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2007 Jeep Grand Cherokee Pros and Cons at TrueDelta: Owner Pros and Cons by ggariepy



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Reviewed: 2007 Jeep Grand Cherokee

4dr SUV 235-horsepower 4.7L V8 5-speed shiftable automatic AWD w/low range

Why the 2007 Jeep Grand Cherokee?

Exterior styling

The Grand Cherokee's distinctive good looks are befitting of a premium SUV. The large, round headlamps, a departure from the WJ- and ZJ-series vehicles, were partly owing to the influence of Daimler-Benz, which had a controlling interest in Chrysler Corporation at the time of this vehicle's redesign. Subsequent editions of the Grand Cherokee have returned to the rectangular headlamp designs that were originally used, yet these round headlamps are extremely efficient and cast a powerful beam -- much more so than the WJ-edition lamps. Otherwise, this machine is standard-issue Jeep: wide, trapezoidal wheel arches, a long hood, short overhangs and a flexible hatchback design. This machine is as comfortable on a rocky ridge as it is in the mall parking lot, and it looks the part.

Driving position & visibility

Visibility in the Grand Cherokee is excellent, and the high seating position gives a commanding view of the road.

Powertrain performance

The 4.7L V-8 with 545RFE electronically controlled 5 speed automatic is an adequate performer. It will happily tow a 5,000 pound trailer if properly equipped with the electronic trailer brake controller (not available from the factory). It will acquit itself well in freeway and two-lane road passing situations. It is not a stoplight warrior, though. With the average V-6 automobile now sporting 300HP, the 4.7L Grand Cherokee will be left in the dust on dry pavement. Add a little rain or snow and the situation is reversed. For all normal driving, the high-eight-second 0-60 performance is perfectly adequate, and would have been considered "fast" in the 1980s.


A Jeep Grand Cherokee is a machine designed for traction, and it has that in spades. This machine laughs at snow storms, shrugs off muddy dirt roads, and rolls through spots of uneven pavement without complaint. If you're in part of the country where the weather and traction are often difficult, this is the machine for you.


The factory Goodyear Forterra tires are in a word: excellent. This is the first vehicle I've owned where I've replaced the tires with the factory OE-spec model. They are all-season radials with a fairly aggressive tread, yet they are quiet. They will carry the Grand Cherokee through a foot of snow or drag your boat on the trailerup the launch ramp without a complaint, and they're not bad at soaking up bumps. If you happen to purchase a Grand Cherokee that someone has put different tires on, consider going back to the factory spec tires at your earliest opportunity. They are wonderful.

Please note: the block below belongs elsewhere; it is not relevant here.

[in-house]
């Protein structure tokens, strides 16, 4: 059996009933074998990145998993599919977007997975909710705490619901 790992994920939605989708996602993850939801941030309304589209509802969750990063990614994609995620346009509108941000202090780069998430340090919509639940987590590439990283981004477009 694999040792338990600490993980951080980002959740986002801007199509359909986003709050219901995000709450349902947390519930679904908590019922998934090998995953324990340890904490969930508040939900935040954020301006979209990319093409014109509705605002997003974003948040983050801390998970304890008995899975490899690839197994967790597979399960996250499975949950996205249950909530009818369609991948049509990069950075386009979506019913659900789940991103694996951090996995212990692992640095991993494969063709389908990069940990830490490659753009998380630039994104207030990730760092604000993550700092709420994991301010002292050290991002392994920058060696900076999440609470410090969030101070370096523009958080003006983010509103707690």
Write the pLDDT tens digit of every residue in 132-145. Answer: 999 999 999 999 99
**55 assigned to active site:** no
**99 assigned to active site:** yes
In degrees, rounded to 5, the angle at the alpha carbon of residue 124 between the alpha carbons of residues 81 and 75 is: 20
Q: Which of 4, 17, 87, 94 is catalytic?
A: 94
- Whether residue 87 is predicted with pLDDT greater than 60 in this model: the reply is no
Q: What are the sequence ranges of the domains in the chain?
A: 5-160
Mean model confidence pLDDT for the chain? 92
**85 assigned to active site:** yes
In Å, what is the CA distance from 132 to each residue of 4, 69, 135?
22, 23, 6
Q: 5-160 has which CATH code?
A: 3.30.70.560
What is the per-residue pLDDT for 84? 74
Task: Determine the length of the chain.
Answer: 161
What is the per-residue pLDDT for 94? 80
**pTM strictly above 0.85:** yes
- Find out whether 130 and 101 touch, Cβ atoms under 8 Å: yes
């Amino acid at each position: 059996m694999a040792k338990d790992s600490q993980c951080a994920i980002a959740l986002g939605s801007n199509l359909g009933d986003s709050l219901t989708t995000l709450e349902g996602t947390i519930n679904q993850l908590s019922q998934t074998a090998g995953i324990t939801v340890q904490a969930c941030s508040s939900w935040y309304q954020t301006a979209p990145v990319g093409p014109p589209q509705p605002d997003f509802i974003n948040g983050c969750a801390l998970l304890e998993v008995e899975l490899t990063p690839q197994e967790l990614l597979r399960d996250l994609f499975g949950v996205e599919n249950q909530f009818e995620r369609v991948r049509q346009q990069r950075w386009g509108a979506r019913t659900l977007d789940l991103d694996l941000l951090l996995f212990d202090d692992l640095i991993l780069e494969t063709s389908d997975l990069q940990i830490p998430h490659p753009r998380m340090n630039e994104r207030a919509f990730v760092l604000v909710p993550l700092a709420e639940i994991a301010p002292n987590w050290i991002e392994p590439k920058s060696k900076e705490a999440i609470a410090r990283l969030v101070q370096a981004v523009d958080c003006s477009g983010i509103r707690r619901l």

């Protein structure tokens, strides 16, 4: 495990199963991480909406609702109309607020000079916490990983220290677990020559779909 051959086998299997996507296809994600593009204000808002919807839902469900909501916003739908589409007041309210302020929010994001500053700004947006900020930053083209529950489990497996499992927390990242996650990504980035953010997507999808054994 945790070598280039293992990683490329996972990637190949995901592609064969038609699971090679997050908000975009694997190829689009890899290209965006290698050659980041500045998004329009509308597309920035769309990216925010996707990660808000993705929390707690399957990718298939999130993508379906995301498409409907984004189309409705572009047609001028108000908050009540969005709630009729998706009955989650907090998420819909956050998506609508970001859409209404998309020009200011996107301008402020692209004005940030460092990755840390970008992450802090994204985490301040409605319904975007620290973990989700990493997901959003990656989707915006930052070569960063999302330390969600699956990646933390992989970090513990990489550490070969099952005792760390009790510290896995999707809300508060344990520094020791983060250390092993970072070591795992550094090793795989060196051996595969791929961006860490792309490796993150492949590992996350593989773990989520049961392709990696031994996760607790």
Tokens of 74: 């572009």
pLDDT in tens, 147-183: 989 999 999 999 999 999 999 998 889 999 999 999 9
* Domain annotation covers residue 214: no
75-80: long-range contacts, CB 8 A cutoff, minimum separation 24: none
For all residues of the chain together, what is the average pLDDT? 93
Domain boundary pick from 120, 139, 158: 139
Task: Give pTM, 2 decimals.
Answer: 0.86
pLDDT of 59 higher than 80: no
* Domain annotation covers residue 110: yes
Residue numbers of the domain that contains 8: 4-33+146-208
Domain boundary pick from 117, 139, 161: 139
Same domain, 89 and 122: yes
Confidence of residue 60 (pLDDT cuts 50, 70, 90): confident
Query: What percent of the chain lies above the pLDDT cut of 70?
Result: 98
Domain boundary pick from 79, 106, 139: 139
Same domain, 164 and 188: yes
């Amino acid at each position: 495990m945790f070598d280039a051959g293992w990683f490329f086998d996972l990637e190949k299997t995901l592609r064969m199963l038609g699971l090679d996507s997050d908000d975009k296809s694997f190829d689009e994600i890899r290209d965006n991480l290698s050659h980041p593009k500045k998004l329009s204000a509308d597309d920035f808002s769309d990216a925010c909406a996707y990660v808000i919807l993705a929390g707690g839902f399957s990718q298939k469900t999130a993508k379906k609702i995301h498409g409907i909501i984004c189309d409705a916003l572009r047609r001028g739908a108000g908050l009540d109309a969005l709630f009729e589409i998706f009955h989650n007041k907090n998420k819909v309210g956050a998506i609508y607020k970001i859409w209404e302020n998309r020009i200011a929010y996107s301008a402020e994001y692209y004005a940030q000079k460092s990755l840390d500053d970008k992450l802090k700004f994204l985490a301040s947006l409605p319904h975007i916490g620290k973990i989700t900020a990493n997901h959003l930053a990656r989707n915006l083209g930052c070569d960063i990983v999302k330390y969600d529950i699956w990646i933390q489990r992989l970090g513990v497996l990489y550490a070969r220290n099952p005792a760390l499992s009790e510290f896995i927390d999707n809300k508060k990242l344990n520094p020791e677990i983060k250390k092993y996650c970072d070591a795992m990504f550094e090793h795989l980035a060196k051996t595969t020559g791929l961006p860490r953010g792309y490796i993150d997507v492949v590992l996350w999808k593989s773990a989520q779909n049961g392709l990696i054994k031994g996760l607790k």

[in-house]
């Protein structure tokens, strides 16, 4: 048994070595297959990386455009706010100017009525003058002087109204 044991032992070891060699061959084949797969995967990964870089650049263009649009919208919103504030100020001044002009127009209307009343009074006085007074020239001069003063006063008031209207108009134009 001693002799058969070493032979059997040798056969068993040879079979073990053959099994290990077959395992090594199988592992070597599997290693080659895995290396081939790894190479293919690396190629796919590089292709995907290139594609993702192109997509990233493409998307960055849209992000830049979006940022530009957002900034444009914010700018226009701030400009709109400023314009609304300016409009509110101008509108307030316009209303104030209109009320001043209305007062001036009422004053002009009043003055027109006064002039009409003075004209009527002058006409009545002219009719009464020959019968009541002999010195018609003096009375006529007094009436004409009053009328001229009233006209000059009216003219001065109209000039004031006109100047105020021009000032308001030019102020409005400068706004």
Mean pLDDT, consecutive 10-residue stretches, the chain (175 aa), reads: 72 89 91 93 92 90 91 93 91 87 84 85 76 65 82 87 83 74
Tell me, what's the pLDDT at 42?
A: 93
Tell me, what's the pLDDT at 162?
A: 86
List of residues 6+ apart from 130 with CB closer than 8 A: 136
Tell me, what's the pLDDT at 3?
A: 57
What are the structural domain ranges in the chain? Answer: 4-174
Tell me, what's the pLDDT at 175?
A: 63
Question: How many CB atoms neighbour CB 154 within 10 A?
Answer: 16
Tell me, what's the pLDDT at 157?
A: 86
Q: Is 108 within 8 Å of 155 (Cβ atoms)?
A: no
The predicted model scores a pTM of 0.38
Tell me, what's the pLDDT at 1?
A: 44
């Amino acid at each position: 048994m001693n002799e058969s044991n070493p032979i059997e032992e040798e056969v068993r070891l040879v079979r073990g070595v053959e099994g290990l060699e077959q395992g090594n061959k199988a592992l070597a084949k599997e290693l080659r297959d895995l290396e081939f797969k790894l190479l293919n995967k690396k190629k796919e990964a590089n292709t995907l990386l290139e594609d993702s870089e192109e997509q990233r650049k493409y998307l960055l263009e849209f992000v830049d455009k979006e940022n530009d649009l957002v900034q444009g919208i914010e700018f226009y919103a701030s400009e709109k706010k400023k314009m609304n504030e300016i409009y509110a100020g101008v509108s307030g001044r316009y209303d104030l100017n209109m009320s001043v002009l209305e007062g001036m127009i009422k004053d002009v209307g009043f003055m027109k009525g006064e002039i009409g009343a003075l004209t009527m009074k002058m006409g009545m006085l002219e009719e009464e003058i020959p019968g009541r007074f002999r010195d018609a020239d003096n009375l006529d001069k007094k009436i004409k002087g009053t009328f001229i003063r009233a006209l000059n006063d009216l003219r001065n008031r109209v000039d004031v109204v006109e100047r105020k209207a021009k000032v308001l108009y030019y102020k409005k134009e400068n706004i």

Why Not the 2007 Jeep Grand Cherokee?

Materials & workmanship

The Yes Essentials fabric covering the seats in the cloth interior is highly susceptible to showing discoloration after they've been wet. For most vehicles, you can set a condensation-moistened water bottle on the front seat without concern. In this vehicle, that transgression results in a water stain that will only disappear when the entire seat is shampooed. Opt for the leather interior if it is available; otherwise prepare to have a less-than-stellar experience with the interior of your Jeep.

Fuel economy

Fuel economy is abysmal. The 4.7L V-8 engine, only moderately powerful, is far thirstier than the much more powerful 5.7L Hemi option owing to the Hemi's cylinder deactivation. Real-world fuel economy in city driving is 11-13MPG. On longer trips it can occasionally see 20MPG if speeds are kept below 70MPH. The 4.7L drivetrain is a compromise between the V-6 and the Hemi versions in terms of cost, with the added capability of being able to operate on E-85 fuel when properly equipped. You will undoubtedly want to go with the Hemi version instead of the 4.7L if you can afford it, the benefits are more than just the extra power. If you are familiar with the performance of the 4.7L in the older WJ models, prepare to be disappointed by the performance in the 2005-2010 WK models: they weigh 600 pounds more, and you can definitely feel the difference. Do not buy ANY Jeep Grand Cherokee if you are a budget-conscious big city commuter; you have to accept the fuel economy as the trade off for uncompromised traction in poor weather conditions. This machine has a "real" 4 wheel drive system: it's always on, it's always ready to step in when the going gets slippery, and provided the tires are good enough it will plow snow with its front bumper. A V-6 version only gets marginally better fuel economy but with a significant decrease in power. In truth, if you're worried about fuel economy, you should be looking at the car-based Jeep Compass or Patriot models, not the Grand Cherokee.

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